Working and Caring

If you’re juggling work with looking after someone, you’re not alone – there are thousands like you across the West Midlands.

This section takes you through your rights at work, including flexible working, taking time off and protection from discrimination.

What are my rights as a working carer?

Requesting flexible leave

If you need to combine work with your caring responsibilities, it may be possible for you to request a flexible working arrangement to help. Examples of such arrangements are:

  • Flexi-time – employees may be required to work within set times but outside of these ‘core hours’ have some flexibility in how they work their hours.
  • Working from home or remote working – where employees spend part or all of their working week away from the workplace. Home-working is just one option.
  • Job sharing – usually two employees share the work normally done by one person.
  • Part-time working – employees might work shorter days or fewer days in a week.
  • Term-time working – employees don’t work during school holidays and either take paid or unpaid leave or their salary is calculated pro-rata over the whole year.
  • Staggered hours – employees have various starting and finishing times meaning that goods and services are available outside traditional working hours.
  • Compressed hours – employees work their total hours over fewer working days eg, a 10 day fortnight is compressed into a nine day fortnight.
  • Mealtime flex – employees take their lunch break when it suits them during the work day. Some employees may choose to take a shorter break instead and leave work earlier.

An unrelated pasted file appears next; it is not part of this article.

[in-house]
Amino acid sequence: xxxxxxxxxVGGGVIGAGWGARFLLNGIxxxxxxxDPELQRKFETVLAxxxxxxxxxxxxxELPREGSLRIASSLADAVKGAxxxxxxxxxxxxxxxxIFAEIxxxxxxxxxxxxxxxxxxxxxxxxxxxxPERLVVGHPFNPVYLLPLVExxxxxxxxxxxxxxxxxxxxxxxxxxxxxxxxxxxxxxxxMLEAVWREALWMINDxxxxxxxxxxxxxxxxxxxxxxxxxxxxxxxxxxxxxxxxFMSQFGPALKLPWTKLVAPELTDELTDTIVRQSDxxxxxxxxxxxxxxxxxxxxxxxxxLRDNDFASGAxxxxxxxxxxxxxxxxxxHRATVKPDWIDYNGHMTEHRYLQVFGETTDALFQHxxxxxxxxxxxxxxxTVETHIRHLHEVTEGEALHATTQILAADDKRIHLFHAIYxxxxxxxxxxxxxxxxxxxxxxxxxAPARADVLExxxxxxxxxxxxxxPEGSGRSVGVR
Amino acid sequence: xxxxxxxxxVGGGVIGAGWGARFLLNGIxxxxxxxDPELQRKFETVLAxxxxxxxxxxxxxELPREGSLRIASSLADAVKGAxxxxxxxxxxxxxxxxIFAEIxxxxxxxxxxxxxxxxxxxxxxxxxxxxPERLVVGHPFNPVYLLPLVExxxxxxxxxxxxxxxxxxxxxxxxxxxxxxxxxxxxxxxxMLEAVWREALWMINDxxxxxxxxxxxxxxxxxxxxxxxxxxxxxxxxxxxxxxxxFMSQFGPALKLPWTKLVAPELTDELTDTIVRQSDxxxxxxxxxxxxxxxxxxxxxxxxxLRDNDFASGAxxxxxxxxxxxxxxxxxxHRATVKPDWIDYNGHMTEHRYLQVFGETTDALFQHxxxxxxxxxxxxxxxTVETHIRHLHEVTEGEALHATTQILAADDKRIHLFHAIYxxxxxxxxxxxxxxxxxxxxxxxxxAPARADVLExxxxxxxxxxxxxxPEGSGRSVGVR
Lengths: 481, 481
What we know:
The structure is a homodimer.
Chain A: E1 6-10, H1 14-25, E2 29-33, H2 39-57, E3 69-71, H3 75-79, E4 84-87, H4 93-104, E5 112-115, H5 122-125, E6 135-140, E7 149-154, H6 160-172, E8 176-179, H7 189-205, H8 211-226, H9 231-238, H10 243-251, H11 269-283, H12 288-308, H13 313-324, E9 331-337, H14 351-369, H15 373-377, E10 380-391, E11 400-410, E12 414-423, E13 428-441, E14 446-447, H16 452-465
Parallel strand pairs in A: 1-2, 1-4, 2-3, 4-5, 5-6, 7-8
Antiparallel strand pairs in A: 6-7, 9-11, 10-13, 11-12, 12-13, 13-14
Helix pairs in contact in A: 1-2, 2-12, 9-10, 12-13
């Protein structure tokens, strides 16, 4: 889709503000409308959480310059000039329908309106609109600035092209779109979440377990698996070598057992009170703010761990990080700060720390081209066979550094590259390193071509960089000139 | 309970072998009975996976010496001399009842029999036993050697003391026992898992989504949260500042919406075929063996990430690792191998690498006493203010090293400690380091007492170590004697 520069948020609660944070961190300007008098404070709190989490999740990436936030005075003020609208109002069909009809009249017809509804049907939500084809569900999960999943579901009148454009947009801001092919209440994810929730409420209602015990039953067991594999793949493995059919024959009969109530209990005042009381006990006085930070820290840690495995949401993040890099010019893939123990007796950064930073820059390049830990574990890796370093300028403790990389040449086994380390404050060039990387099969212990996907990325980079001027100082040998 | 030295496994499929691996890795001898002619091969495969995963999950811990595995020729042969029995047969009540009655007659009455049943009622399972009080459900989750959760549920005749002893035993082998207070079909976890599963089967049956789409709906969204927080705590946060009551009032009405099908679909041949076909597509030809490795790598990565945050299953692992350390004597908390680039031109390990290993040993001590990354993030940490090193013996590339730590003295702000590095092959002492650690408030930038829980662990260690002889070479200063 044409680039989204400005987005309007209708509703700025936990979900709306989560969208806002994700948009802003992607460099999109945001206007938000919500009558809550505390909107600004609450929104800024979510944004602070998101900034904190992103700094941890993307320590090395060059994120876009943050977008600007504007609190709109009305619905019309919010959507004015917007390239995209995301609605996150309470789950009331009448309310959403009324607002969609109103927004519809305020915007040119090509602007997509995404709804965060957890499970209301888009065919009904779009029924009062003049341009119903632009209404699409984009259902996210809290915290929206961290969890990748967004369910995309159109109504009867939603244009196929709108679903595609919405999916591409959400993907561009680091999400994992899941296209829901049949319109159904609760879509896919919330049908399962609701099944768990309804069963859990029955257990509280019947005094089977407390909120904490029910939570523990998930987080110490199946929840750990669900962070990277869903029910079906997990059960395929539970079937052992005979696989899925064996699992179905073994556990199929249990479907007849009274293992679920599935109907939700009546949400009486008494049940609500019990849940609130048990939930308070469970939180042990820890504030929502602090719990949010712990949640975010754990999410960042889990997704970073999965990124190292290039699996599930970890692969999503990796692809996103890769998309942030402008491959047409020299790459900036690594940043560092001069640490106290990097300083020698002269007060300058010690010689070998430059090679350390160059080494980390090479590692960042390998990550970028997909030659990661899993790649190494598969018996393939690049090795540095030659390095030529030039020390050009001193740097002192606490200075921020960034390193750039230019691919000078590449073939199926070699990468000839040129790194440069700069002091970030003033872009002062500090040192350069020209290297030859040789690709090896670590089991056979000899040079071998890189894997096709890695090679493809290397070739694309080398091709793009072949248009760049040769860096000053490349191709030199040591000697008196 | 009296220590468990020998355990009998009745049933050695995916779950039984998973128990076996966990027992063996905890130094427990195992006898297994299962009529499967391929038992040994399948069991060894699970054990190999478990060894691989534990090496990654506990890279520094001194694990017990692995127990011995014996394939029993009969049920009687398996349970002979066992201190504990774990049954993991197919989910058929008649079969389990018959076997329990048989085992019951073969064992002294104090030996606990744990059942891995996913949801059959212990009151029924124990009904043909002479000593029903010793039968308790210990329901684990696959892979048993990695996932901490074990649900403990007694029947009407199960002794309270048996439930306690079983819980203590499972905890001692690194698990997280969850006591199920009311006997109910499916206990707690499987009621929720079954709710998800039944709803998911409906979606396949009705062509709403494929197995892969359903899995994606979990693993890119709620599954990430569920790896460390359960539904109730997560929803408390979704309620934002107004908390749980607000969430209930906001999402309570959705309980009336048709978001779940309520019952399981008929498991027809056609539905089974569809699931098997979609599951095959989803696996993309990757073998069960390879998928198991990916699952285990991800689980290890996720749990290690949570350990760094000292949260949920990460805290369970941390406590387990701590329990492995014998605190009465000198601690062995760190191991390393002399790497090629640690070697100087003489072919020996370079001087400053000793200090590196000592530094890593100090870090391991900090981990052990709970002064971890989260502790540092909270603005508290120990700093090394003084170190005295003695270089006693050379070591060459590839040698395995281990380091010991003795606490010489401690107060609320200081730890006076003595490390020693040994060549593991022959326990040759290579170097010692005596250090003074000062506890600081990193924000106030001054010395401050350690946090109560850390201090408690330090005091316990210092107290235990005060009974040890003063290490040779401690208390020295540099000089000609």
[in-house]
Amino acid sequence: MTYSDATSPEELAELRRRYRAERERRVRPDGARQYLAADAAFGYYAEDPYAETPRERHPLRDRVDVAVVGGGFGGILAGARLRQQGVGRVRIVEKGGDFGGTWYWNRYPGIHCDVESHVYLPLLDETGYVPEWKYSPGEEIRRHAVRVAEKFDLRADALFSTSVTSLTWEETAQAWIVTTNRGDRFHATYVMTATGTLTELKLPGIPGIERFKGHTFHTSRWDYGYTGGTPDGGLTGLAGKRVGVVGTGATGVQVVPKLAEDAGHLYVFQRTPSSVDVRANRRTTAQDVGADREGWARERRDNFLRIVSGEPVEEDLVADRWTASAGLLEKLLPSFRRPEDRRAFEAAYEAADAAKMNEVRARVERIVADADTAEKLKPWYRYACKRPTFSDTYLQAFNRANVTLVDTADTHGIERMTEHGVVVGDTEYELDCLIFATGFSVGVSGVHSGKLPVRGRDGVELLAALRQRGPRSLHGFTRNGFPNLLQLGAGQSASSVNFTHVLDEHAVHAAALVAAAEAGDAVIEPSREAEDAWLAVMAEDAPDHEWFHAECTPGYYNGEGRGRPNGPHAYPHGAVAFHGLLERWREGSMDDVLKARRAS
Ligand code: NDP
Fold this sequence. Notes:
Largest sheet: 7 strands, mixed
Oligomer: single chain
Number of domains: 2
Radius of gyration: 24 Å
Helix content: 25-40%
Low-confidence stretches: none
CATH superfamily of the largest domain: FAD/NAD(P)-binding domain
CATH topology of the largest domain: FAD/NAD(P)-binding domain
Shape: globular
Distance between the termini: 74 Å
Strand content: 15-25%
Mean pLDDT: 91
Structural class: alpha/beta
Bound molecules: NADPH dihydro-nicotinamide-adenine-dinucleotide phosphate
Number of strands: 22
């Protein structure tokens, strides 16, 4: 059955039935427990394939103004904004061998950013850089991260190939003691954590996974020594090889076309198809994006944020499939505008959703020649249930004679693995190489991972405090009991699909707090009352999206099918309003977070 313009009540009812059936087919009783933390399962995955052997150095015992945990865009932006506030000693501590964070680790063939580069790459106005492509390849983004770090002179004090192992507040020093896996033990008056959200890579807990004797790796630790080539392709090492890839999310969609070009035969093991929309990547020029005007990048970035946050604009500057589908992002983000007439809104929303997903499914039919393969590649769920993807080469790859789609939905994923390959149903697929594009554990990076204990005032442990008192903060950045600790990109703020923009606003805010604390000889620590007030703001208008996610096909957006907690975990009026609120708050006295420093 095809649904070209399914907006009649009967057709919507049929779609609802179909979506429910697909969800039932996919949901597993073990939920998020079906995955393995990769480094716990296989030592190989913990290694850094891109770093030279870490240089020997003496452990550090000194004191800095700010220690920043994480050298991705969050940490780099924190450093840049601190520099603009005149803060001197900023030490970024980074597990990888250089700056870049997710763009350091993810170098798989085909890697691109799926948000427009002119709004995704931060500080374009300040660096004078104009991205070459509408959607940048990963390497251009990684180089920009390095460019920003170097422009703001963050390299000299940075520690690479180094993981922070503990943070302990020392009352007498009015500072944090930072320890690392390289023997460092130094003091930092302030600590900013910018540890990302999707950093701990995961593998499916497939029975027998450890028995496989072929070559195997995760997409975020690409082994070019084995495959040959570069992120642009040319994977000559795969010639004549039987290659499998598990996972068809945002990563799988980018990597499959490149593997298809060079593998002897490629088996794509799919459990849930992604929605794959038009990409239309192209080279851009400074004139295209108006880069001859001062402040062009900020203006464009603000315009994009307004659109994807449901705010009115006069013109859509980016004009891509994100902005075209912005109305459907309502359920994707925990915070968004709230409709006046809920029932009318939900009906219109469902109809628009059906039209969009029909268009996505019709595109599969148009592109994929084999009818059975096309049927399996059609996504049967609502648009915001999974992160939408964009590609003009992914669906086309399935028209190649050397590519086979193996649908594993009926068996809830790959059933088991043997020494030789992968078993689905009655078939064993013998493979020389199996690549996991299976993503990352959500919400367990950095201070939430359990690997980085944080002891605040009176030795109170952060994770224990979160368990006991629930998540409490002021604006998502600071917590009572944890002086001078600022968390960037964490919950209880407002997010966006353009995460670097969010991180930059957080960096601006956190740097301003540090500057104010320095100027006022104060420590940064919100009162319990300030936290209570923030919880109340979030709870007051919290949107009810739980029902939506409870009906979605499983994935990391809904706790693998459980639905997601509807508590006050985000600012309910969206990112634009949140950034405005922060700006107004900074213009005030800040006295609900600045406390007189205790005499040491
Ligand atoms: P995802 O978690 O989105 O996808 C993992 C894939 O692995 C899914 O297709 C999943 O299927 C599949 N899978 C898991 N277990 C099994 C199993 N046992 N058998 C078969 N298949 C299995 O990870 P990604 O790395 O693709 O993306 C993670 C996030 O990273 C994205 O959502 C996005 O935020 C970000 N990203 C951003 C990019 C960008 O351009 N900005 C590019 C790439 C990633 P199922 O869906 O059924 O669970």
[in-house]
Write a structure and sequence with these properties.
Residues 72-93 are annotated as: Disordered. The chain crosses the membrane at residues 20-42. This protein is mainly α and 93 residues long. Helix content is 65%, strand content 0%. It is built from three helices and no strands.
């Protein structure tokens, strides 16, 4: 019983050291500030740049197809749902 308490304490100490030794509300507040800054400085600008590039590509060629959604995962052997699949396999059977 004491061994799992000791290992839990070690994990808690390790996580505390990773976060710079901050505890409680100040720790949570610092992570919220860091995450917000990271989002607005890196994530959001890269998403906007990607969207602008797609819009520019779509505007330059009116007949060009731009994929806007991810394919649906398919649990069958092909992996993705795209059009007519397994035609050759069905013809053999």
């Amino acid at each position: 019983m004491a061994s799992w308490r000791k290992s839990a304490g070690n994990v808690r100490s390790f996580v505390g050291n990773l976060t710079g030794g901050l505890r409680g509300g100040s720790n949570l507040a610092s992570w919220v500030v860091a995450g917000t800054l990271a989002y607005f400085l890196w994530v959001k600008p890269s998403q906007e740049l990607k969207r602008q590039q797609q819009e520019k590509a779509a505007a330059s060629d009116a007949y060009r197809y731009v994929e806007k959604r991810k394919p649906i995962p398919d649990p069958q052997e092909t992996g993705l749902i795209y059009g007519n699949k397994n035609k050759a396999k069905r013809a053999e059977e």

• Annualised hours – employees work a specified number of hours over the year but have some flexibility about when they work. These employees usually have a set number of ‘core’ hours they work each week and work the remainder of their hours flexibly.

When requesting flexible working it’s important to:

  • State that this is a flexible working request
  • Outline the working pattern that would work for you
  • Explain how this might impact your role and how you would manage any negatives
  • The date on which you would like the change to start

Flexible Working Template

Taking Time Off

If you’re managing work alongside your caring responsibilities, finding a good balance isn’t always easy and can become quite a juggling act. But taking time off from work when you need to prioritise someone’s caring needs shouldn’t be a source of stress or worry.

Employees have the legal right to take a reasonable amount of time off work to deal with an emergency involving someone who relies on you for help (as a dependant). This could include your spouse, partner, child, parent, or others who depend upon you.

Carer’s Leave Act

The Carer’s Leave Act, which came into effect on the 6 April 2024, has opened up many more possibilities for carers who are employed in England, Wales and Scotland.

Employees are entitled to one week’s unpaid leave per year if providing or arranging care for someone with a long-term care need. This leave can be taken flexibly (in half or full days) for planned and foreseen caring commitments.

It is available from the first day of employment and provides the same employment protections to employees as other forms of family-related leave, including protection from dismissal. Whether the time off is paid or not is at the discretion of your employer.

Visit Carers UK website to find out more about the Carer’s Leave Act.

My employer isn’t making it easy for me to take off time when I need it

There is professional advice you can seek if you feel that you are being treated unfairly or if your employer is making this difficult for you. Citizens Advice provides good guidance on this, as well as outlining your options for other scenarios where you might need to take time off.